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Responding To Sympathy Social Media Messages, Calls And Texts

It’s typical to receive sympathy cards when you’re grieving the loss of a loved one. However, a new norm of sympathy calls, texts or social media messages has emerged. While grieving, the constant influx of technology, voicemails, texts and social media messages are more difficult to deal with than a card. When you receive a sympathy card, there is no time frame or obligation for reading the card or responding. However, with phone calls, texts and social media messages, there is an expectation of an immediate response.

When grieving, it is difficult enough to get through your daily routine. Receiving sympathy messages through texts, phone calls and social media may seem impossible to escape. So how exactly should you deal with these messages?

First and foremost, to avoid being overwhelmed with messages you can turn your phone on “do not disturb” when focusing on grieving or just want some time alone to reflect. It’s important to remember not to feel obligated to respond to messages right away. Set aside a time to respond to messages.

It’s vital to understand that there is no “correct” way to respond to sympathy messages. Each person can do things their own way that they are comfortable with. For phone calls, don’t feel obligated to call back right away. If a phone call is too difficult for you to handle at the time, responding with a text is perfectly fine. It may be easier to type out your feelings rather than say them out loud.

When responding to social media messages and texts, you can choose to keep it brief or write a lengthier response. It may also depend on the person and what their message said. For someone you are close with, it may feel right for you to respond with a longer message that is more heartfelt. If the message is simply along the lines of “I’m sorry for your loss” a simple “thank you” is usually enough. The response you send should be whatever you are comfortable with. There is no correct way that you must reply. Remember that people who sent the message are not looking for a response but rather a way to show you their support during this difficult time.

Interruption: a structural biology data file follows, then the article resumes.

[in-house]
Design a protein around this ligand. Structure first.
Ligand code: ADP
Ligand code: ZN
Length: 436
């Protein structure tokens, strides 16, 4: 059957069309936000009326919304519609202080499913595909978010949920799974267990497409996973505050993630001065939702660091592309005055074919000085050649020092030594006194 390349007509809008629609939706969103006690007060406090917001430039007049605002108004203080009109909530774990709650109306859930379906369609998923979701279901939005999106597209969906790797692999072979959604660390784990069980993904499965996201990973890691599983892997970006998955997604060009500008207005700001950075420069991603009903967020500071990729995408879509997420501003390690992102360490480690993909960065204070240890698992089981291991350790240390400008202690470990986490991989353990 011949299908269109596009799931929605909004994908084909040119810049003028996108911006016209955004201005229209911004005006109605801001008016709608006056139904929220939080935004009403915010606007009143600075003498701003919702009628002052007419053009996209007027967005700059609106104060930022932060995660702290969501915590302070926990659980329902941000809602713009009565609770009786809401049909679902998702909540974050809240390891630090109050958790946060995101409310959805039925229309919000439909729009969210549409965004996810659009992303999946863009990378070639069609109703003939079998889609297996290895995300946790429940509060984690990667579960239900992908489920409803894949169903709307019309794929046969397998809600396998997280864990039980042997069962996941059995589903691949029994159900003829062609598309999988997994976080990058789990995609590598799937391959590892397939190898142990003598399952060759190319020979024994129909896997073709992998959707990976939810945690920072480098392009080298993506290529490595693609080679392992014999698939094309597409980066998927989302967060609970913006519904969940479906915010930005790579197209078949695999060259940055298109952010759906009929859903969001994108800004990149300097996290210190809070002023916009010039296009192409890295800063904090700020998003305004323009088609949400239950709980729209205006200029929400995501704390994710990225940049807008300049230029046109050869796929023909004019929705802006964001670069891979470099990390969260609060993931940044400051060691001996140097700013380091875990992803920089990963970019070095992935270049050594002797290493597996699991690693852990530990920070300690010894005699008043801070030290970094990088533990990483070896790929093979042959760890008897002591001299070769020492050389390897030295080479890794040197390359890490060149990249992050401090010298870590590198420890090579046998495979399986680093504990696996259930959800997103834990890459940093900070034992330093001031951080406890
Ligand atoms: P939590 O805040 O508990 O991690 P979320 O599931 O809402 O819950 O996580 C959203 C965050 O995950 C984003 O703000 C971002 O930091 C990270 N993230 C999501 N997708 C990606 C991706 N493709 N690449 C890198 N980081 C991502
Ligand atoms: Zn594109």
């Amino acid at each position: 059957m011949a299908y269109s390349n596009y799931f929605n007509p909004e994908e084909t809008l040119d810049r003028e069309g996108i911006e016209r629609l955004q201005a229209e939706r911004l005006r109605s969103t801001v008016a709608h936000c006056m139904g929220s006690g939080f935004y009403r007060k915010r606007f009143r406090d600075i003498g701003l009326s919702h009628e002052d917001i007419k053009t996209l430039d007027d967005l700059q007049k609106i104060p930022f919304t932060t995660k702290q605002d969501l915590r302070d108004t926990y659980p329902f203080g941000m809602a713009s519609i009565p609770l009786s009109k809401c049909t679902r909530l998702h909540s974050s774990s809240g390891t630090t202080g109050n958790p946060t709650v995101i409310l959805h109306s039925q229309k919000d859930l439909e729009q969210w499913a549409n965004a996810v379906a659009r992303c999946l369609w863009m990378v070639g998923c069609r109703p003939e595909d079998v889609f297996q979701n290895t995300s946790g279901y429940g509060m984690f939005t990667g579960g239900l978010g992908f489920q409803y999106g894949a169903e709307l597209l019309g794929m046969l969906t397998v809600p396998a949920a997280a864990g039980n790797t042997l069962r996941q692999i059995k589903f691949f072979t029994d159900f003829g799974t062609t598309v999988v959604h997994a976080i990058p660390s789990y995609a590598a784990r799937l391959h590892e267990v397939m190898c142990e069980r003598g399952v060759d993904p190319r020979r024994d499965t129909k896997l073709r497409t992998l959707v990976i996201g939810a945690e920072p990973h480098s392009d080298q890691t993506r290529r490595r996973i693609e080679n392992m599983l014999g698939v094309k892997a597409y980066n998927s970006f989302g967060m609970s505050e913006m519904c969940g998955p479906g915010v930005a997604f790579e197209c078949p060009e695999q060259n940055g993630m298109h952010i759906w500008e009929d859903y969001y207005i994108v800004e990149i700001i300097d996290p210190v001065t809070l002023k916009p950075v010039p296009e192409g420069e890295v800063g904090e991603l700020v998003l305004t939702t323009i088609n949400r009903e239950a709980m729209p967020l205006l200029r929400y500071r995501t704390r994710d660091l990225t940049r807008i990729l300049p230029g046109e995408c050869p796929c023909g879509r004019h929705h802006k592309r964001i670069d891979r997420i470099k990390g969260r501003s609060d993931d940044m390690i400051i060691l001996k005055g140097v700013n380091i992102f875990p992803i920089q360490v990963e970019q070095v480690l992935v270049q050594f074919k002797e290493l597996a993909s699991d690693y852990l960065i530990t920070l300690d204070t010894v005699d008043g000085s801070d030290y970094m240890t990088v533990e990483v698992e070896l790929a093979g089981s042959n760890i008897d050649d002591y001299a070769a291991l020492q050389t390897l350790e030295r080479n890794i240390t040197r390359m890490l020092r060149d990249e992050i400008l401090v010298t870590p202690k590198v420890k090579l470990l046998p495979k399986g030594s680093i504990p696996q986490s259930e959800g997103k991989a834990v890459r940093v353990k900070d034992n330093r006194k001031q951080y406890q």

If you don’t feel up to responding to each individual message on social media, you could opt to write a single longer post expressing your thanks for the kind words to everyone.

Everyone grieves differently; responding to messages may help some people grieve but may be too painful for others. Your family and friends will understand if you need some privacy. Whatever you choose to do, make sure it’s the right decision for your grieving process.



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Paul L. Gardner, Supervisor
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Aaron S. Abbott, Supervisor
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(717) 665-4341

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(717) 626-2464

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